The Unique Film-making of Tim Burton

Only available on StudyMode
  • Download(s) : 22
  • Published : March 25, 2013
Open Document
Text Preview
Tim Burton uses diegetic sounds, lighting, and high angles to express his creative cinematic style. He uses these various techniques to show how he differs from other directors styles. His choice of using these techniques relates back to his childhood, Burton was a reclusive child and very different while growing up. In the movies Edward Scissorhands and The Corpse Bride, he applies these various techniques. In the movie Edward Scissorhands, Burton uses diegetic sounds to foreshadow upcoming events in the movie. He uses the snip of the scissors when Peg, the Avon lady, was in the what seemed deserted mansion to foreshadow what/who Edward was relating to the scissors. Also in Edward Scissorhands, he used the diegetic chopping of the lettuce to accompany a flashback of Edwards past. This helped us understand more about Edward and how he became to be. In The Corpse Bride, Burton uses the diegetic sounds of Victor’s vows to also foreshadow the upcoming events with the corpse bride. Later on in that scene he used the cracking sound of the hand of Emily to show that she was now “alive”. The “I do” of Emily was included to show that Victor was now “married” to Emily. Tim Burton used a series of various types of lighting in the movies Edward Scissorhands, and The Corpse Bride. In Edward Scissorhands, he used a lot of high key lighting in the town, which had very bright pastel colors. He also used high key in the jail during the conversation between Edward and Peg. He used this so we, as the audience, could focus on the scene playing out. In Corpse Bride,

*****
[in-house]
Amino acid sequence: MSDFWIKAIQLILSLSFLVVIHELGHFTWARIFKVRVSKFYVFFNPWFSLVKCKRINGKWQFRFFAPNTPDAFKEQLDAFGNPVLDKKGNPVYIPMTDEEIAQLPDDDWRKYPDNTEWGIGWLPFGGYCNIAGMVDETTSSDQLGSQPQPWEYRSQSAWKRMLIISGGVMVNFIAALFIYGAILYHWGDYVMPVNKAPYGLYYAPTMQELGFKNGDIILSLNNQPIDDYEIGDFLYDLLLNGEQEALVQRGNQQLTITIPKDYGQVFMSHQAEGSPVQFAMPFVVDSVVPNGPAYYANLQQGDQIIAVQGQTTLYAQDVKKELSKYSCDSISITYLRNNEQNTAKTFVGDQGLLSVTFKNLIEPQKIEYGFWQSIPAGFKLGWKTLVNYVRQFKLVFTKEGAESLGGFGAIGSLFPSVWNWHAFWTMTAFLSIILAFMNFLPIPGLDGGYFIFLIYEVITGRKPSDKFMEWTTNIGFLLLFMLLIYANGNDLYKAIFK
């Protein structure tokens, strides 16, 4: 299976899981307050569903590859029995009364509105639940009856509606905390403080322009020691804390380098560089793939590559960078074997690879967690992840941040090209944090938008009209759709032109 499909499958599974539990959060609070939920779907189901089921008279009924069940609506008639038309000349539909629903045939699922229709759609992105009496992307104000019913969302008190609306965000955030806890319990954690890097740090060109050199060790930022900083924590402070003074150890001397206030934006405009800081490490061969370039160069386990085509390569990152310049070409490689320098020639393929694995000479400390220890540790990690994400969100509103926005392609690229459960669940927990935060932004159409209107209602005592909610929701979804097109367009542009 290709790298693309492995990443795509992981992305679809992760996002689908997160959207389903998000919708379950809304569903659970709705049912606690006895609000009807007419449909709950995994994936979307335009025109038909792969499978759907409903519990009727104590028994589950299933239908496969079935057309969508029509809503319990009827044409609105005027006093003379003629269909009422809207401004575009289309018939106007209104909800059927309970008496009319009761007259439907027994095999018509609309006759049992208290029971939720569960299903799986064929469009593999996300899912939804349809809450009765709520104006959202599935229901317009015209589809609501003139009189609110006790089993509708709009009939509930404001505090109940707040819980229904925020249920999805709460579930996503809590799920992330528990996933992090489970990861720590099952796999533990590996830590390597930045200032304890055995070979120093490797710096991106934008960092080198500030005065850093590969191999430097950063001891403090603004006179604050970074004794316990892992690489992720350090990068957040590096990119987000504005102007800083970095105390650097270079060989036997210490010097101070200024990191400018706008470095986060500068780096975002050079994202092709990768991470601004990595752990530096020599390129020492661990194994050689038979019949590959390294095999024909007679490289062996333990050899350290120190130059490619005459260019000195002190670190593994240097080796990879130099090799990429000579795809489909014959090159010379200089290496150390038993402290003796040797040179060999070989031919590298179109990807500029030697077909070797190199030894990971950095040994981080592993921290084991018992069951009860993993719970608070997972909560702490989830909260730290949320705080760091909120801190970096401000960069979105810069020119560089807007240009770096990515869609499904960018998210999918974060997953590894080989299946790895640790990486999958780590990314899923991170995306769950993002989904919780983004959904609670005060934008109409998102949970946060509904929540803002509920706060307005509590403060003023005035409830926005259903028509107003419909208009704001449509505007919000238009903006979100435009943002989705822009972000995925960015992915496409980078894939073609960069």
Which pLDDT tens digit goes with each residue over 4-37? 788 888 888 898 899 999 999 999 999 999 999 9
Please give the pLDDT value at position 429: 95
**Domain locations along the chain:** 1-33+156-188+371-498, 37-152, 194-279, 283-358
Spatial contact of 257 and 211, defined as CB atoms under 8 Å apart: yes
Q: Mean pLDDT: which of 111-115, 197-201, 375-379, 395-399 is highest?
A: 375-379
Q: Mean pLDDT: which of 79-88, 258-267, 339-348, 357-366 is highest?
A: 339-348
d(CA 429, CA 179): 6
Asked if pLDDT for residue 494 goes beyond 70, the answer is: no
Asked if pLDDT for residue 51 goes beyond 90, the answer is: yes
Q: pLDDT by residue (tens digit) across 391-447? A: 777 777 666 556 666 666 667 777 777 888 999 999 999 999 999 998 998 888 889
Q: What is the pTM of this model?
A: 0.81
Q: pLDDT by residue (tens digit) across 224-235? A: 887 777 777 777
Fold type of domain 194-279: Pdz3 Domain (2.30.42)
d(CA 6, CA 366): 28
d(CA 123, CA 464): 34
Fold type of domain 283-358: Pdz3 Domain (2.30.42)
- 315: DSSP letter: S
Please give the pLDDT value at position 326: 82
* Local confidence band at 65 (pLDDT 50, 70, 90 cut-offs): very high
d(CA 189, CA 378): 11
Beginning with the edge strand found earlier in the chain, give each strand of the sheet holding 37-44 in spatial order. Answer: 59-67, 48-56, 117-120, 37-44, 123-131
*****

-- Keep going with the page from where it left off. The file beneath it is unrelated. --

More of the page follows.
tracking img